The U.S. and Israel have not provided any details about their Cyber War activities, although for a long time rumors about this have been in circulation. The U.S. and Israel were long suspected of being responsible for the appearance of “weapons grade” computer weapons. Both nations had the motive to use, means to build, and opportunity to unleash these powerful Cyber War weapons against Iran and others that support terrorism.
Iran has responded to these attacks. Although not a serious Cyber War threat to the United States, Iran was trying to build nuclear weapons and apparently Israel had already been looking into using a Cyber War weapon to interfere with that. Given the nature of these weapons, which work best if the enemy doesn’t even know they exist, don’t expect many details to be released about this Cyber War program. What is known is that the Cyber War weapons unleashed on Iran were designed to concentrate only on very specific targets. So far, only a few of these weapons are known. One (Stuxnet) was designed to do damage to one specific facility, the plant where Iran produced nuclear fuel for power plants and atomic weapons. That one worked. The other two (Duqu and Flame) were intelligence collection programs. They also apparently succeeded, remaining hidden for years and having lots of opportunity to collect enormous quantities of valuable data.
The U.S. and Israel have been successful with “software attacks” in the past. This stuff doesn’t get reported much in the general media, partly because it’s so geeky and because there are no visuals. It is computer code and arcane geekery that gets it to its target. The earlier attacks, especially Stuxnet, Duqu, Flame and Gauss, spread in a very controlled fashion, sometimes via agents who got an infected USB memory stick into an enemy facility. Even if some copies of these programs get out onto Internet connected PCs, they do not spread far. Worms and viruses designed to spread can go worldwide and infest millions of PCs within hours.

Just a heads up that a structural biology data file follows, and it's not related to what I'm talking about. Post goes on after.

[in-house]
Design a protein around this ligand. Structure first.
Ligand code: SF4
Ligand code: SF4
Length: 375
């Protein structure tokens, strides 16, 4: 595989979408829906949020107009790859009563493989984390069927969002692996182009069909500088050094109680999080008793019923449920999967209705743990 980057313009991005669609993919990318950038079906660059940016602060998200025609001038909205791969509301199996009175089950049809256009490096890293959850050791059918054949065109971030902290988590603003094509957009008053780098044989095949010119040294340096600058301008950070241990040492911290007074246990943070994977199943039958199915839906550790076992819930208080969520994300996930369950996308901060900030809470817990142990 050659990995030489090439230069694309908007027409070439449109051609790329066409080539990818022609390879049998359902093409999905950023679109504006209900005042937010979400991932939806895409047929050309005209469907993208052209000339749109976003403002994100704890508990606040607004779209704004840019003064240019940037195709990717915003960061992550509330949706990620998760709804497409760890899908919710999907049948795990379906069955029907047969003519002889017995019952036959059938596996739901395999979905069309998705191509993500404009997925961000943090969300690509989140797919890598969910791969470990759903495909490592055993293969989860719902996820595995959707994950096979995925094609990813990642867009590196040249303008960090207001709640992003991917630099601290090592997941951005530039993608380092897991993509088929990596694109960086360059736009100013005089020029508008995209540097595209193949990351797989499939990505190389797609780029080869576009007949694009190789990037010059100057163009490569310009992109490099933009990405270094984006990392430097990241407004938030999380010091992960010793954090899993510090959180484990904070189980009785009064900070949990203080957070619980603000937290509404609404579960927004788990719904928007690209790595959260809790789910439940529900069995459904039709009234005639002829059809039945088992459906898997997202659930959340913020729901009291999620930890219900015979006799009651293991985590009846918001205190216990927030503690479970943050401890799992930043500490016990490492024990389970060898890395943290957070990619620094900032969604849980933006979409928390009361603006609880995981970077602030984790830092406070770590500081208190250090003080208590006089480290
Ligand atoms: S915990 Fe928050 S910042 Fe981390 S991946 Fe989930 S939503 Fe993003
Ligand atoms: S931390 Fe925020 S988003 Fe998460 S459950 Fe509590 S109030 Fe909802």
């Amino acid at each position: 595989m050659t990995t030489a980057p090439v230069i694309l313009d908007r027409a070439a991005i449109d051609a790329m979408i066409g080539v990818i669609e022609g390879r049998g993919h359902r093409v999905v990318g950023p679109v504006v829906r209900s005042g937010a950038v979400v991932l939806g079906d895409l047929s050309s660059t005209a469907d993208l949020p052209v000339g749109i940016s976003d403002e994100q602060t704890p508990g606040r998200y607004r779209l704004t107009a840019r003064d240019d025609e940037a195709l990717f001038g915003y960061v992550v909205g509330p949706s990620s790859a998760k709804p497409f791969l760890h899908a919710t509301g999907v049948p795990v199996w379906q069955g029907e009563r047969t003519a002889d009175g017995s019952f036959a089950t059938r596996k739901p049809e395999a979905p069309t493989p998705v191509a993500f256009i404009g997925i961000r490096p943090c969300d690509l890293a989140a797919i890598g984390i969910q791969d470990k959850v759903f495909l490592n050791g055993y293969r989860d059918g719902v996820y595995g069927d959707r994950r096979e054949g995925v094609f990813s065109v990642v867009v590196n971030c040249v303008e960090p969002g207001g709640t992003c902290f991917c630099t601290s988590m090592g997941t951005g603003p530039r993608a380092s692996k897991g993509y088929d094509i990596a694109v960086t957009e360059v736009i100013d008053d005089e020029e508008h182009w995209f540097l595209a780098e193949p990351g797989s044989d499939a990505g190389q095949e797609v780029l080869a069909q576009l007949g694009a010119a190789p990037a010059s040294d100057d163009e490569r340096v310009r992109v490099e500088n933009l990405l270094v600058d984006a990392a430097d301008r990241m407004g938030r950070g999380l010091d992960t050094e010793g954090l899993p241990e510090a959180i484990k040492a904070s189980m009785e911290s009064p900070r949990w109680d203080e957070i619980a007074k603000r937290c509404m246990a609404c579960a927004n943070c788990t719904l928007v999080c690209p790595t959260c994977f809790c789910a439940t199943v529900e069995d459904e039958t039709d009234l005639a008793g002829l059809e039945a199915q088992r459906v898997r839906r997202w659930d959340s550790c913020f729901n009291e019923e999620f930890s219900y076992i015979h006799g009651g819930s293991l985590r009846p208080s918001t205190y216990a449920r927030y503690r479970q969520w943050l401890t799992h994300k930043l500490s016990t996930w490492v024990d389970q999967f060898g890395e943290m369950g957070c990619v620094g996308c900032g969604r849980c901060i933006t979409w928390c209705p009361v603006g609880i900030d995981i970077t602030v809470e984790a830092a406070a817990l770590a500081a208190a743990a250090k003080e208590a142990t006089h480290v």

Despite all the secrecy, this stuff is very real and the pros are impressed by these high-grade Cyber War weapons, even if the rest of us have not got much of a clue. The demonstrated capabilities of these Cyber War weapons usher in a new age in Internet based warfare. Amateur hour is over and the big dogs are in play. Actually, the Cyber War offensive by the U.S. and Israel appears to have been underway for years, using their stealth to remain hidden. There are probably more than three of these stealthy Cyber War applications in use, and most of us will never hear about it until, and if, other such programs are discovered and their presence made public. Iran is trying to respond and is looming as the most serious threat from the Islamic world. So far the Iranians have not been able to score a significant win, but they are making rapid progress.